Linear regression with python

Company Objective:

Let’s suppose You just got some contract work with an Ecommerce company based in New York City that sells clothing online but they also have in-store style and clothing advice sessions. Customers come in to the store, have sessions/meetings with a personal stylist, then they can go home and order either on a mobile app or website for the clothes they want.

The company is trying to decide whether to focus their efforts on their mobile app experience or their website. They’ve hired you on contract to help them figure it out! Let’s get started!

Just follow the steps below to analyze the customer data (it’s fake, don’t worry I didn’t give you real credit card numbers or emails ). Click here to download

Click here to download .ipnyb notebook

Logistic Regression-Theory

As these days in analytics interview most of the interviewer ask questions about two algorithms which is logistic and linear regression. But why is there any reason behind?

Yes, there is a reason behind that these algorithm are very easy to interpret. I believe you should have in-depth understanding of these algorithms.

In this article we will learn about logistic regression in details. So let’s deep dive in Logistic regression.

What is Logistic Regression?

Logistic regression is a classification technique which helps to predict the probability of an outcome that can only have two values. Logistic Regression is used when the dependent variable (target) is categorical.

Types of logistic Regression:

  • Binary(Pass/fail or 0/1)
  • Multi(Cats, Dog, Sheep)
  • Ordinal(Low, Medium, High)

On the other hand, a logistic regression produces a logistic curve, which is limited to values between 0 and 1. Logistic regression is similar to a linear regression, but the curve is constructed using the natural logarithm of the “odds” of the target variable, rather than the probability.

What is Sigmoid Function:

To map predicted values with probabilities, we use the sigmoid function. The function maps any real value into another value between 0 and 1. In machine learning, we use sigmoid to map predictions to probabilities.

S(z) = 1/1+e−z

Where:

  • s(z)  = output between 0 and 1 (probability estimate)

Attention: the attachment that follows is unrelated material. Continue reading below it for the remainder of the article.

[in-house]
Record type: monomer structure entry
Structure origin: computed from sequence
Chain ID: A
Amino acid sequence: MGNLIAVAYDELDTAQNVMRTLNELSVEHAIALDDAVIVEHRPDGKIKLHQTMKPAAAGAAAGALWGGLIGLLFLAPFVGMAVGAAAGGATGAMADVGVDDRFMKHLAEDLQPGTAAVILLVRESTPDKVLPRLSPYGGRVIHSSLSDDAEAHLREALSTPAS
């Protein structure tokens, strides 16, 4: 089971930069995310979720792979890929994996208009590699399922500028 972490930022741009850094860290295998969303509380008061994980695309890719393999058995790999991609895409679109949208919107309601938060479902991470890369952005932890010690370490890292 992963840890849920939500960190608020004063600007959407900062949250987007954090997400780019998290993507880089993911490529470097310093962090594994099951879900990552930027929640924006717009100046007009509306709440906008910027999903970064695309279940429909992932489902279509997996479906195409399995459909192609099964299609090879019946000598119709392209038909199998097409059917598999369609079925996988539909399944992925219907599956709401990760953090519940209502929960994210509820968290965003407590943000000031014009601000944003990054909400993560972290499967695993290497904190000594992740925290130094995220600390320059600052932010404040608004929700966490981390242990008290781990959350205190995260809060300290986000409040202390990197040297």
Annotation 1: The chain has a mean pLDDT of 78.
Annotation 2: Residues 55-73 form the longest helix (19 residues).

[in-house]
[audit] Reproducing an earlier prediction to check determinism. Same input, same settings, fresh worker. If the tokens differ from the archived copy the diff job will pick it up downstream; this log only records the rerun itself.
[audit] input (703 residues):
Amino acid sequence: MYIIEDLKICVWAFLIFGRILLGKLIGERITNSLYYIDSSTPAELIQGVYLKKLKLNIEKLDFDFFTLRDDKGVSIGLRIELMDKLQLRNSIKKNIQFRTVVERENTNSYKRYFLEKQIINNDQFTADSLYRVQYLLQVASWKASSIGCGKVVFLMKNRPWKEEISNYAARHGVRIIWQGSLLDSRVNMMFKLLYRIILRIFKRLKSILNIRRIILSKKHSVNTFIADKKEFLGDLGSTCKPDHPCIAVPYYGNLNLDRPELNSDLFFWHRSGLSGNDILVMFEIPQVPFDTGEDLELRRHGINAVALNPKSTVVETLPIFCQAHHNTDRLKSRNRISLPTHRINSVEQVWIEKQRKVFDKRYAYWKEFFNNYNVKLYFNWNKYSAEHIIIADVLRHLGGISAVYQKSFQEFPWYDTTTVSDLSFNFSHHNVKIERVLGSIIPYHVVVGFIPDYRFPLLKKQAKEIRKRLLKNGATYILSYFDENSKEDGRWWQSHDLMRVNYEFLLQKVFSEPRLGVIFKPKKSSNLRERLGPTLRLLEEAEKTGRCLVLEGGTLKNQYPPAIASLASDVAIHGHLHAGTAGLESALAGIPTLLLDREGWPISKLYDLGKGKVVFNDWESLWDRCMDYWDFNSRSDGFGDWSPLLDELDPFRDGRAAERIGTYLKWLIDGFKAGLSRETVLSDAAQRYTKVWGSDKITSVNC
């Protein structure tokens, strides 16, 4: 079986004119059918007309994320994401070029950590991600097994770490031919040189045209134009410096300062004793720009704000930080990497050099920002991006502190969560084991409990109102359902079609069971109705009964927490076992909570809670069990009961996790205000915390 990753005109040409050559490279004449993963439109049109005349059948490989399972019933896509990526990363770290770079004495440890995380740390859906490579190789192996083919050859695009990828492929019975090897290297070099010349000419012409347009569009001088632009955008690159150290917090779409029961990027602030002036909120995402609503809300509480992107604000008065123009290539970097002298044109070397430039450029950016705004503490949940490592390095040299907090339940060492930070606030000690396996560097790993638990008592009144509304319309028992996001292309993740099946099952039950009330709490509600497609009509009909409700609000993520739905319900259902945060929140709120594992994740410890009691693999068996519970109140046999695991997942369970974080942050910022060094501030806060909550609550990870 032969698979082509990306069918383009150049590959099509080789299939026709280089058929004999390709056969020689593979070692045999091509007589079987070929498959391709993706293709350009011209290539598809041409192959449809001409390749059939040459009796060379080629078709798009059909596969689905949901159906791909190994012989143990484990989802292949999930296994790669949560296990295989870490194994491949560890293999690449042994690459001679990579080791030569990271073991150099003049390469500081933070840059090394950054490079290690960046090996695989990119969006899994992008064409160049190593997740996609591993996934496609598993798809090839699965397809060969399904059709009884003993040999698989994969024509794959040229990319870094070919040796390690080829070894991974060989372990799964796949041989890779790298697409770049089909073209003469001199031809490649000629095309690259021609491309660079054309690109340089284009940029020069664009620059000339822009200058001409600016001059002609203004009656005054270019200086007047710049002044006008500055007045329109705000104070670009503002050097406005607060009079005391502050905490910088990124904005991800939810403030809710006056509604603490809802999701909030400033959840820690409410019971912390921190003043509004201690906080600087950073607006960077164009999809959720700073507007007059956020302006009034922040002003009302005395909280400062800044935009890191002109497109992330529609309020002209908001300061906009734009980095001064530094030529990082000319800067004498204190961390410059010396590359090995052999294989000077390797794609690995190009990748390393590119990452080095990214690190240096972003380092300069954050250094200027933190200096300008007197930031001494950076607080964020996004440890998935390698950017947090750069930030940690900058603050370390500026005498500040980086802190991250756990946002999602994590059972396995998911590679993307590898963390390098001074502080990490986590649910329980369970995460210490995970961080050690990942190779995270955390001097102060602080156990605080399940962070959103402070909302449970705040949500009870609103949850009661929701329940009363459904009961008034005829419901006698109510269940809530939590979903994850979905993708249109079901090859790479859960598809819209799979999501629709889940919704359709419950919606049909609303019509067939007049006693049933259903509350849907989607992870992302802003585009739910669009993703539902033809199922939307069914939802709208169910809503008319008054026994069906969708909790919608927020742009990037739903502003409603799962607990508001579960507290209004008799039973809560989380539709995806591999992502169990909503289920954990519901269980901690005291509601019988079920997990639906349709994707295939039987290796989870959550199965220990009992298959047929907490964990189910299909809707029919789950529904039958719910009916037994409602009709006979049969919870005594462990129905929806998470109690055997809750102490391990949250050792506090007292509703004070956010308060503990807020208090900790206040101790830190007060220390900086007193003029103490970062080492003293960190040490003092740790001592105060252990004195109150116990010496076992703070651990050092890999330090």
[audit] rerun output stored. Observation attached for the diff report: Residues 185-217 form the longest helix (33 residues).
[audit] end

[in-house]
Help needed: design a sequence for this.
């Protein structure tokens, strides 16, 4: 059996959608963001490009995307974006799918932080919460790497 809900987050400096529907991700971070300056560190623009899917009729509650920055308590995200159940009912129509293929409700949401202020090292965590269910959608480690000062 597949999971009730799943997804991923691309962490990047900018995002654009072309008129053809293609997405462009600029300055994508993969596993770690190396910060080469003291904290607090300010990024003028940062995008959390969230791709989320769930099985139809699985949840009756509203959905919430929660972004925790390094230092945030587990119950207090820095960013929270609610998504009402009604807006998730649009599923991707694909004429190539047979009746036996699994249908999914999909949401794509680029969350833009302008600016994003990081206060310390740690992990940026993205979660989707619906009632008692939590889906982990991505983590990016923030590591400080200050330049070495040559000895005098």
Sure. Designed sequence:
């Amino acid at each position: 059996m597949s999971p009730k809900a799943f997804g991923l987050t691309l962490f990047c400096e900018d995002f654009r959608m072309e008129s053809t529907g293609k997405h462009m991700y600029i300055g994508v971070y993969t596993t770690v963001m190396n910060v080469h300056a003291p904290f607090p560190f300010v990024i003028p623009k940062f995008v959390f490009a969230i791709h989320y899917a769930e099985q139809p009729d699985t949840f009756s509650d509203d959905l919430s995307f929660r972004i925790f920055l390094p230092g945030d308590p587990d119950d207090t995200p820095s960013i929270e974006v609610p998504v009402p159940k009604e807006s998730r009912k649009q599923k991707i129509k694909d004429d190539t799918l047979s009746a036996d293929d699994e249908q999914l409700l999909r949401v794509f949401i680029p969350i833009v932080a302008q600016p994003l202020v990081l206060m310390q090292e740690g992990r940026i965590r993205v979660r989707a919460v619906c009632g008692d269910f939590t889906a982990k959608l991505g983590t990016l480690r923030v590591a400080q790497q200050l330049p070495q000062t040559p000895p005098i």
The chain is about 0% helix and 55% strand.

• z = input to the function (your algorithm’s prediction e.g.  b0 + b1*x)
  • e = base of natural log

Graph

In Linear Regression, we use the Ordinary Least Square (OLS) method to determine the best coefficients to attain good model fit but In Logistic Regression, we use maximum likelihood method to determine the best coefficients and eventually a good model fit.

How Maximum Likelihood method works?

For a binary classification (1/0), maximum likelihood will try to find the values of  b0 and b1 such that the resultant probabilities are close to either 1 or 0.

Logistic Regression Assumption:

I got a very good consolidated assumption on Towards Data science website, which I am putting here.

  • Binary logistic regression requires the dependent variable to be binary.
  • For a binary regression, the factor level 1 of the dependent variable should represent the desired outcome.
  • Only meaningful variables should be included.
  • The independent variables should be independent of each other. That is, the model should have little or no multicollinearity.
  • The independent variables are linearly related to the log of odds.
  • Logistic regression requires quite large sample sizes.

Performance evaluation methods of Logistic Regression.

Akaike Information Criteria (AIC):

We can say AIC works as a counter part of adjusted R square in multiple regression. The thumb rules of AIC are Smaller the better. AIC penalizes increasing number of coefficients in the model. In other words, adding more variables to the model wouldn’t let AIC increase. It helps to avoid overfitting.

To measure AIC of a single mode will not fruitful. To use AIC correctly build 2-3 logistic model and compare their AIC. The model which will have lowest AIC will relatively batter.

Null Deviance and Residual Deviance:

  • Null deviance is calculated from the model with no features, i.e. only intercept. The null model predicts class via a constant probability.
  • Residual deviance is calculated from the model having all the features. In both null and residual lower the value batter the model is.

Confusion Matrix:

It is nothing but a tabular representation of Actual vs Predicted values. This helps us to find the accuracy of the model and avoid overfitting. This is how it looks like